Rumour proved to be the most powerful force in the Hong Kong stock market yesterday as investors took fright from reports that the Sino Group, a major property developer controlled by the Ng family, would be forced to default on short term debts. The Hang Seng fell 7 per cent.
The rumours sent the shares of Sino Hotels down 51 per cent, with Sino Land plunging 45 per cent and its associated company, TST Properties, falling 34 per cent. Fears of default also helped fuel significant declines in the shares of HSBC Holdings, one of the two large Hong Kong banks who are lenders to the Sino Group.
"The directors wish to state categorically that there is absolutely no ground to such rumours ... the Sino Group is able to pay its loans as they become due and has sufficient working capital," the company said.
Those with long memories in the Hong Kong market recalled that the Ng family almost caused the collapse of the entire Hong Kong stock market in the wake of the 1987 crash when they were left holding massive uncovered futures positions which they were prepared to default on but were persuaded to settle in part following a government bail-out.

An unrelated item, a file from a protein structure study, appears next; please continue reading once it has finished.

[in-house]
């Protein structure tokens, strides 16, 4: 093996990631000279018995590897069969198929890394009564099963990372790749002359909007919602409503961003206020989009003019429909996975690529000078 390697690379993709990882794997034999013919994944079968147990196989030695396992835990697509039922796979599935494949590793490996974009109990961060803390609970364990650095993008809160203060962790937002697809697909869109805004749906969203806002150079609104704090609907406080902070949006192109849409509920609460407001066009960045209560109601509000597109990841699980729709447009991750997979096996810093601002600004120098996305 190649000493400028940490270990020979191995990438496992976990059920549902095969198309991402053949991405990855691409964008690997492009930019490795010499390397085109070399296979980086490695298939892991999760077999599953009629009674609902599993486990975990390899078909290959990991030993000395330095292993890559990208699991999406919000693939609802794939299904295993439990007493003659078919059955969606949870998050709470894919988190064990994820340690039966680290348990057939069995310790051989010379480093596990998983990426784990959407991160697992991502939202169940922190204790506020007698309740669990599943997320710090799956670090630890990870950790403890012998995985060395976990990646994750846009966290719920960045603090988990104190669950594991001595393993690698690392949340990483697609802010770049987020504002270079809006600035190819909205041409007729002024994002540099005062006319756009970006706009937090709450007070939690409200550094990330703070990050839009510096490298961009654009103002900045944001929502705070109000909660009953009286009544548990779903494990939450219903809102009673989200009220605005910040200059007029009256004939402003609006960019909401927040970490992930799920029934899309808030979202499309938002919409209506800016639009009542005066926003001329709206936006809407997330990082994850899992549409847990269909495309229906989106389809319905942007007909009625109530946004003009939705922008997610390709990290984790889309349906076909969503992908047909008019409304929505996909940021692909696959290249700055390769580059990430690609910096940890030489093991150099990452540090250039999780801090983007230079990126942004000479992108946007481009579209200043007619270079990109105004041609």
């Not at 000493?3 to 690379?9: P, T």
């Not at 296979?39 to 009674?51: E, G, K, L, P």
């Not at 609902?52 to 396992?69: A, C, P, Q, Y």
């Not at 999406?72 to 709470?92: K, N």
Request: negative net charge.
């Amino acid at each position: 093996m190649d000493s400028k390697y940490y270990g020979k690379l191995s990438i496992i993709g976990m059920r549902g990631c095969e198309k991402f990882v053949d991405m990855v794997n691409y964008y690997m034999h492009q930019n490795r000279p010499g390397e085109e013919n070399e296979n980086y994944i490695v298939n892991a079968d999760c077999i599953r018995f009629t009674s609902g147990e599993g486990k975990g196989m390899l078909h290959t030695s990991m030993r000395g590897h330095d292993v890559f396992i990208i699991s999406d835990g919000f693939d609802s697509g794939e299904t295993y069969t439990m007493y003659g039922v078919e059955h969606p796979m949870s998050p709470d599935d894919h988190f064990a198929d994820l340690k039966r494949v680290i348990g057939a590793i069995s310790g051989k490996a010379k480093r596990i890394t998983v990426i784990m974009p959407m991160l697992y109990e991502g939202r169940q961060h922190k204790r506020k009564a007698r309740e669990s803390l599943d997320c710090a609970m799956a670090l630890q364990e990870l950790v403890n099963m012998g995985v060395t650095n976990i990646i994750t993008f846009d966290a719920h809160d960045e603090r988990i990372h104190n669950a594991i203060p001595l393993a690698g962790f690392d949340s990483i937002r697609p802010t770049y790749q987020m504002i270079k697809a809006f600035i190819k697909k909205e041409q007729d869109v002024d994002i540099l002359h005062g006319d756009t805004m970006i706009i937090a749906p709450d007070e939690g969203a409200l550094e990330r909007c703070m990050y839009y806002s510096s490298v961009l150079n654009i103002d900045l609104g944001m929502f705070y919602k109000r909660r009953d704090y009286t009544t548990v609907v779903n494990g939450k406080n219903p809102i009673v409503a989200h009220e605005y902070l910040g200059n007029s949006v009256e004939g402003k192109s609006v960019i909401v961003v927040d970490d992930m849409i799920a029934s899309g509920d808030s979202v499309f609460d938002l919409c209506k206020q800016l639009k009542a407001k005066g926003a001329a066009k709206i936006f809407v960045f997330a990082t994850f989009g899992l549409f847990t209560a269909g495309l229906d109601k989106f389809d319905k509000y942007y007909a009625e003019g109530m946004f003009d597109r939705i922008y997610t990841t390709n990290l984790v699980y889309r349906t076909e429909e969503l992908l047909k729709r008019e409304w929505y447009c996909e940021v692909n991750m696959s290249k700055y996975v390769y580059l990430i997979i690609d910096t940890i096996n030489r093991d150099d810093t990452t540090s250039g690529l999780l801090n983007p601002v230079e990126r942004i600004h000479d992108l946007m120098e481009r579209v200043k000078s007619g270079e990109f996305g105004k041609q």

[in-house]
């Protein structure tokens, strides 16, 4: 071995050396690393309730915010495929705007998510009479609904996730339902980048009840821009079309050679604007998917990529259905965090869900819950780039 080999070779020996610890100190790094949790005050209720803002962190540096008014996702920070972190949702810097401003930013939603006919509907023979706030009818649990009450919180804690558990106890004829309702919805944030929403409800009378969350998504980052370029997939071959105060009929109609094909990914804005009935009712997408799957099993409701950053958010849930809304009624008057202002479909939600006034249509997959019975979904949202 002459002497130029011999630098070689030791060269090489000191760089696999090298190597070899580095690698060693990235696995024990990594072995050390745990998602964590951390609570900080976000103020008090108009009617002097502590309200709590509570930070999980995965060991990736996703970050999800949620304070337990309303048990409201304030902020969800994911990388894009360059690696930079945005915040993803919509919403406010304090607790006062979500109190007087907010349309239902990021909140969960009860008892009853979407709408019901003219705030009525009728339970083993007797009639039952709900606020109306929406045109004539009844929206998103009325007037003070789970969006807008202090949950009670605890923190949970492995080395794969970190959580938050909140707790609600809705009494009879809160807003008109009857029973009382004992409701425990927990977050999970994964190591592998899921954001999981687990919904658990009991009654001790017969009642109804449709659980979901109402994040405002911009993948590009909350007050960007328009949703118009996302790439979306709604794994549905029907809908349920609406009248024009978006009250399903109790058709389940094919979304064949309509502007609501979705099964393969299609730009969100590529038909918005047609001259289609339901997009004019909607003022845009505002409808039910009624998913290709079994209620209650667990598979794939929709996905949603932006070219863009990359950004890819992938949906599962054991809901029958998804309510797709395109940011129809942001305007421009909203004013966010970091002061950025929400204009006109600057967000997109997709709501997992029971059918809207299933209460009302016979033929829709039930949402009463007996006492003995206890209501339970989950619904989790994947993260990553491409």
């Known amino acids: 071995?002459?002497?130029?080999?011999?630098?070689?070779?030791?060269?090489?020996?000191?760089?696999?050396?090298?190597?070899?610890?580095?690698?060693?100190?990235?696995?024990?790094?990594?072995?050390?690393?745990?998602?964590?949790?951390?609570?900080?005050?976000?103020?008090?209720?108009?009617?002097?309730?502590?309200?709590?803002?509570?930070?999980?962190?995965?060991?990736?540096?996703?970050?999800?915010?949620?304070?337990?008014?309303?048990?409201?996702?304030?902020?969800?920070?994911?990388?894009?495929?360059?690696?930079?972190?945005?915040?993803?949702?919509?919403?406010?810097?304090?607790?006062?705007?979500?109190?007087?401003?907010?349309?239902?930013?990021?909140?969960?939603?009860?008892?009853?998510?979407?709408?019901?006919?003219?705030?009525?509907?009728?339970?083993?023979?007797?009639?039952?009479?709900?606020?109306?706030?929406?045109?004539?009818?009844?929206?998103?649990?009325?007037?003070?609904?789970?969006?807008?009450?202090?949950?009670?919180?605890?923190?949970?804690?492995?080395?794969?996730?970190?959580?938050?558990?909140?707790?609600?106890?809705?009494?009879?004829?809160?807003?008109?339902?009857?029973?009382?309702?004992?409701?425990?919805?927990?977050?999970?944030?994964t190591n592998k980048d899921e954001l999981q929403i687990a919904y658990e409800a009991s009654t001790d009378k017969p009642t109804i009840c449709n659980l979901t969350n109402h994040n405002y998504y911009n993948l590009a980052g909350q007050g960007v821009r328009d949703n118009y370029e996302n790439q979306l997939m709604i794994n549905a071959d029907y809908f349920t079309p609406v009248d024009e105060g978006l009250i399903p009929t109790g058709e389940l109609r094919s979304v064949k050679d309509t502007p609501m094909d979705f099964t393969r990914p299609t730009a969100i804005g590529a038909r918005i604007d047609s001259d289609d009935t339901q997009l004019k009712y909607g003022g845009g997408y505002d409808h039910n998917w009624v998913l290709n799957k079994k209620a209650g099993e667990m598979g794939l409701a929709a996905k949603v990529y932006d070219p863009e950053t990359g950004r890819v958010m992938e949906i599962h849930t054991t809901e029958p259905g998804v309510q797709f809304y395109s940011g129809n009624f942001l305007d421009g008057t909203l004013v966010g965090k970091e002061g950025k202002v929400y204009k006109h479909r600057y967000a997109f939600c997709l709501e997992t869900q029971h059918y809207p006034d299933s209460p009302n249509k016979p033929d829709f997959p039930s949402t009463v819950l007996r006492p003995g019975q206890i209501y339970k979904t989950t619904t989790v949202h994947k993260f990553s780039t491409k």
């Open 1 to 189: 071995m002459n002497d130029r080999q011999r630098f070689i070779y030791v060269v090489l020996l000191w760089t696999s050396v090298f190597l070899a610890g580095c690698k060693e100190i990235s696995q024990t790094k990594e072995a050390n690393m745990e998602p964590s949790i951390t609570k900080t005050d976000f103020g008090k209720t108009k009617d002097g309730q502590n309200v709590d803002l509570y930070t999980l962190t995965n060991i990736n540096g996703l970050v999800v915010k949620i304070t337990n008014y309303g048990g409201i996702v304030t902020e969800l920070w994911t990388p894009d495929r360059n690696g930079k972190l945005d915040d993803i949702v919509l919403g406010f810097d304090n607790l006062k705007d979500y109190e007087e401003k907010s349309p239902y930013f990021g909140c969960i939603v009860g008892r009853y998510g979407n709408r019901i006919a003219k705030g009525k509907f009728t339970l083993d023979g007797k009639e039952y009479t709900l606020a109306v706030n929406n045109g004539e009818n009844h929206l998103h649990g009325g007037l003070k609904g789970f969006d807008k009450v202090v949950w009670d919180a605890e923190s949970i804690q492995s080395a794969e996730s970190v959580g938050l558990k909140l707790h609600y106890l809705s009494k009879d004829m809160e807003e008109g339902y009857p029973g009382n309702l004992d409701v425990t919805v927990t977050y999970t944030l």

Ten years on, the Sino Group has bounced back and has gained a reputation as one of the most aggressive major-league property developers. It also has a reputation for high gearing. However, few analysts believe that the company would go so far as to default on its loans. Nikko Securities, in a commentary, described the situation at Sino as "tight" but believed that the company would deal with it by lowering prices for pre-sales of new projects.
Meanwhile in Indonesia, which has been casting a spell of gloom over the following last week's Alice in Wonderland budget, the government has been forced to concede to the conditions laid down by the IMF.
An agreement, signed yesterday by President Suharto and IMF managing director, Michel Camdessus, provides for: restructuring in the financial sector; and an end to special privileges for a number of monopolies and projects controlled by members of the Suharto clan. It will abolish a clutch of subsidies which have helped keep the poor off the breadline. However, vital controls on rice and fuel prices escaped the net because of real fears that this could provoke social unrest.
The initial response of investors was less than encouraging. The local currency lost another 12 per cent of its value and share prices dropped 4 per cent.